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Cameron Mackintosh: I won’t allow ‘horrible’ secondary ticket market for Hamilton in London

Cameron Mackintosh. Photo: Eliza Power

Cameron Mackintosh has vowed to clamp down on secondary ticket sales for the forthcoming London run of musical Hamilton, claiming reselling online is “horrible and has got to stop”.

The producer said “sophisticated computer programmes” were “hoovering up tickets”, adding that members of the public who were tempted to make money were “trying to sell tickets themselves”.

In an interview in the Telegraph [1], he said: “So I am putting all my efforts into finding a better way of ensuring that the price originally set for a ticket remains the price you actually do pay. We’re going to stop resale except in genuine circumstances where someone is ill or can’t come and the only permitted resale will then be via the theatre.”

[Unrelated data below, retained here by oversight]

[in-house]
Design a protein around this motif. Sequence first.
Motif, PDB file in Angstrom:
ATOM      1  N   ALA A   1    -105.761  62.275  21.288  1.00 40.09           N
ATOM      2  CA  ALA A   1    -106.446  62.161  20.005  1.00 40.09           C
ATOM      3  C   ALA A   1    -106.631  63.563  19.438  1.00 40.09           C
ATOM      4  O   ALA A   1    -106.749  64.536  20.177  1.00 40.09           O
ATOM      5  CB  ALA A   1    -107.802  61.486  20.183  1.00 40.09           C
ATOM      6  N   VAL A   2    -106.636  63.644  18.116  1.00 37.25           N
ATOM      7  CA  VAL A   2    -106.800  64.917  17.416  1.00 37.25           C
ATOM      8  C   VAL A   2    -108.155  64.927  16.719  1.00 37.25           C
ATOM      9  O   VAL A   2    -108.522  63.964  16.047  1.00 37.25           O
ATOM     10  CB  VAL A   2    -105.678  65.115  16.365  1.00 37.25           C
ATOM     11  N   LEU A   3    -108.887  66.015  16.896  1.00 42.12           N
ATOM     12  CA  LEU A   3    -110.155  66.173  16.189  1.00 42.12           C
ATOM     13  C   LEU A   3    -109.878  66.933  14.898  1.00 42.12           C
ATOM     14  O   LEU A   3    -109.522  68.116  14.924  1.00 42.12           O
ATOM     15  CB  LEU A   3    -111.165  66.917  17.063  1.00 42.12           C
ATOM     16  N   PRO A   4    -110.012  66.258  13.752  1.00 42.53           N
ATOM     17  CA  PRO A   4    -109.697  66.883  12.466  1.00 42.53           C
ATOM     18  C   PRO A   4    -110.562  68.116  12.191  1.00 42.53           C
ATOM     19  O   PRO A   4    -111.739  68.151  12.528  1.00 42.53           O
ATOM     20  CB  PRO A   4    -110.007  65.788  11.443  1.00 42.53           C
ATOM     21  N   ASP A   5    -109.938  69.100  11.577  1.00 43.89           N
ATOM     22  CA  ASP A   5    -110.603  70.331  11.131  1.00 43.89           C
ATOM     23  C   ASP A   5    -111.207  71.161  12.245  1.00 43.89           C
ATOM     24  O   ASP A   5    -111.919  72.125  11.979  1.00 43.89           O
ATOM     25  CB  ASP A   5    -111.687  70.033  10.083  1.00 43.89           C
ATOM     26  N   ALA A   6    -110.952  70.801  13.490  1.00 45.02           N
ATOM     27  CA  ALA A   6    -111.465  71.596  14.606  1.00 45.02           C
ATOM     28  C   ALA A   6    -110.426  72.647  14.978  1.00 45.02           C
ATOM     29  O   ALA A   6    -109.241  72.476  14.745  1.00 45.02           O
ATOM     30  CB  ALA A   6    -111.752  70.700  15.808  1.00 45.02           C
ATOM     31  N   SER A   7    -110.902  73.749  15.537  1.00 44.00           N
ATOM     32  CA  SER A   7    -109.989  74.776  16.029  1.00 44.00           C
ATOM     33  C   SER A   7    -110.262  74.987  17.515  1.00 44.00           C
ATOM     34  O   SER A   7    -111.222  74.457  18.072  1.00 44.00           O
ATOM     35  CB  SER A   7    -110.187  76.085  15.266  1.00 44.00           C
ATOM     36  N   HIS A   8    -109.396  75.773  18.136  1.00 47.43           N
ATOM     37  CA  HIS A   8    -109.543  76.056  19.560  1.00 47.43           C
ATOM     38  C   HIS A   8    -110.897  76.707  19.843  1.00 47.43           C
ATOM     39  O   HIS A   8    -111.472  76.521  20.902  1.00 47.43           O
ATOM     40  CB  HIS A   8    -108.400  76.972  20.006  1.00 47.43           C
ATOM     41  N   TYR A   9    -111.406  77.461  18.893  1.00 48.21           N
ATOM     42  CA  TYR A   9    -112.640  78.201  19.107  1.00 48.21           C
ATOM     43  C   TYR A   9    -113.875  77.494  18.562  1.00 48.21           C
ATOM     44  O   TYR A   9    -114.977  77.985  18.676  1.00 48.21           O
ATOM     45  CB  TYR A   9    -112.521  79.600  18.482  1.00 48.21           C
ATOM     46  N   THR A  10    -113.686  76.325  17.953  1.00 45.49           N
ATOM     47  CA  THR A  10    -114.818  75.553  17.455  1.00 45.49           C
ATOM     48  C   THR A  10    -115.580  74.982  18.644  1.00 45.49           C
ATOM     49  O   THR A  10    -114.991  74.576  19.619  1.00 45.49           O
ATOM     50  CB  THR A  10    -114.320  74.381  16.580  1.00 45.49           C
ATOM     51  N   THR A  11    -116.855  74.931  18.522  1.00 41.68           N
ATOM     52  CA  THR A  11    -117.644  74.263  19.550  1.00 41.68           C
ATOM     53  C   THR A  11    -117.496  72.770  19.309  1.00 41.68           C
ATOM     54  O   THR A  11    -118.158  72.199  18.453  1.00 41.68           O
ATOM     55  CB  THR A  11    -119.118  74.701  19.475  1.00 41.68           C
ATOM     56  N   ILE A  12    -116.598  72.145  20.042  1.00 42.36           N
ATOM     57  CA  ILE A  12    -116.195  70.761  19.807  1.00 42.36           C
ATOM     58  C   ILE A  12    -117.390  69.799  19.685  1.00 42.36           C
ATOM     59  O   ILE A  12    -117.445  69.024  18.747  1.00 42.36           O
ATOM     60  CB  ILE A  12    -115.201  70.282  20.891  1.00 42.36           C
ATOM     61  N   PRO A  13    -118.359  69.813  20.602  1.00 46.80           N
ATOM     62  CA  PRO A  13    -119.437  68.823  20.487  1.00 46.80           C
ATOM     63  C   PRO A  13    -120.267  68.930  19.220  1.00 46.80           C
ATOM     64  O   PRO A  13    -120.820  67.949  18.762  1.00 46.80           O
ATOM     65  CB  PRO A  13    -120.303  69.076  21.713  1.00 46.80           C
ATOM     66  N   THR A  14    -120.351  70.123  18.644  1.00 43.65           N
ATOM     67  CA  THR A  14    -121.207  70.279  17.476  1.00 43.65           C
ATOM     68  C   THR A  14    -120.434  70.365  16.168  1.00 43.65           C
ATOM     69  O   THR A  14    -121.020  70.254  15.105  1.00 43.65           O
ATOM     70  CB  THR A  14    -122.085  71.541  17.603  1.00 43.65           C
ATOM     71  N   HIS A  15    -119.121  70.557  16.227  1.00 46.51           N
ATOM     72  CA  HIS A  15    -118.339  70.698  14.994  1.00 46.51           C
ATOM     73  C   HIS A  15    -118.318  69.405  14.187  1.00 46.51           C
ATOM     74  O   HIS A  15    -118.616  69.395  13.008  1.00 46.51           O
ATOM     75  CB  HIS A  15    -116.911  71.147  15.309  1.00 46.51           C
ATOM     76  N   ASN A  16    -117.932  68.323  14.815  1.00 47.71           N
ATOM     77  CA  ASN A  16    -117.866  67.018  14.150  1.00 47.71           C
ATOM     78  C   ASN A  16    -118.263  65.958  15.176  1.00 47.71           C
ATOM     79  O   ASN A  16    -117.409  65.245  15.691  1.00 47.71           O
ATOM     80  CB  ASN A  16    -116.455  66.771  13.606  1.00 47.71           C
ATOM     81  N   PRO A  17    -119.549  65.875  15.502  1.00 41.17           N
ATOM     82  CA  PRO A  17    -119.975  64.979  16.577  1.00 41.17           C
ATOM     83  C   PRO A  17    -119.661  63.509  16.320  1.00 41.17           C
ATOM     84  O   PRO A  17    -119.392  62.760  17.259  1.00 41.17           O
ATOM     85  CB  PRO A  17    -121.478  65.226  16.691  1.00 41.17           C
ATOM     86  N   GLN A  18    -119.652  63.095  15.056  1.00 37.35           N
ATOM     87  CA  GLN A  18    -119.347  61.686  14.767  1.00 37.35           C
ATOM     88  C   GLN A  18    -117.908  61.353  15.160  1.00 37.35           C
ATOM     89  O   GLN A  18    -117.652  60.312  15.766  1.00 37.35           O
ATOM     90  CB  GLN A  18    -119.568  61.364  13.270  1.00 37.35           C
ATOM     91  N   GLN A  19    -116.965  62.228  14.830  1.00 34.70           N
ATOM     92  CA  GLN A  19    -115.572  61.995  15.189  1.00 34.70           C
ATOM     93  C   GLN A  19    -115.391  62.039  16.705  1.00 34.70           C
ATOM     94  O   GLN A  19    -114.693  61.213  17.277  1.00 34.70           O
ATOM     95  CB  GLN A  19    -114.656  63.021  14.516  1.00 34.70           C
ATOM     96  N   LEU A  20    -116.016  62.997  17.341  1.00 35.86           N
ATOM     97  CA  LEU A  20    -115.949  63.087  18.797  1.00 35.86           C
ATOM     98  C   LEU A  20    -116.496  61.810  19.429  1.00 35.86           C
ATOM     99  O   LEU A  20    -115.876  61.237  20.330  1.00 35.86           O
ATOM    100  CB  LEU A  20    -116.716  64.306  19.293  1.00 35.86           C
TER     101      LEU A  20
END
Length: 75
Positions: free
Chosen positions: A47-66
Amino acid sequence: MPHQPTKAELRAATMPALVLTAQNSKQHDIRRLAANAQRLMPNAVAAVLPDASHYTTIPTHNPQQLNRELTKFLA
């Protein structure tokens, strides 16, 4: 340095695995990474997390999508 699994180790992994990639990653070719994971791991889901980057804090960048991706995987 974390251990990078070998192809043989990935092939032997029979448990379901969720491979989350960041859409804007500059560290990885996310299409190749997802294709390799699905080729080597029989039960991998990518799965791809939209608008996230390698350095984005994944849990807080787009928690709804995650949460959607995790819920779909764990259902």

Earlier this year, a report claimed that secondary ticket sellers should not be banned [2], or have their prices capped, because this could drive the market “underground or offshore”.

Hamilton opens in London next year [3]. In the US, it has been claimed that $30,000 from every performance goes to ticket resellers [4].

In the Telegraph interview, Mackintosh, who turns 70 on October 17, also said he felt audiences for shows were getting younger.

“A far bigger proportion of the audience for the majority of my shows are now 40 and under rather than 50 upwards – that’s a cause of rejoicing for me. It means young people are excited to go to the theatre in a way I couldn’t have imagined when I started,” he said.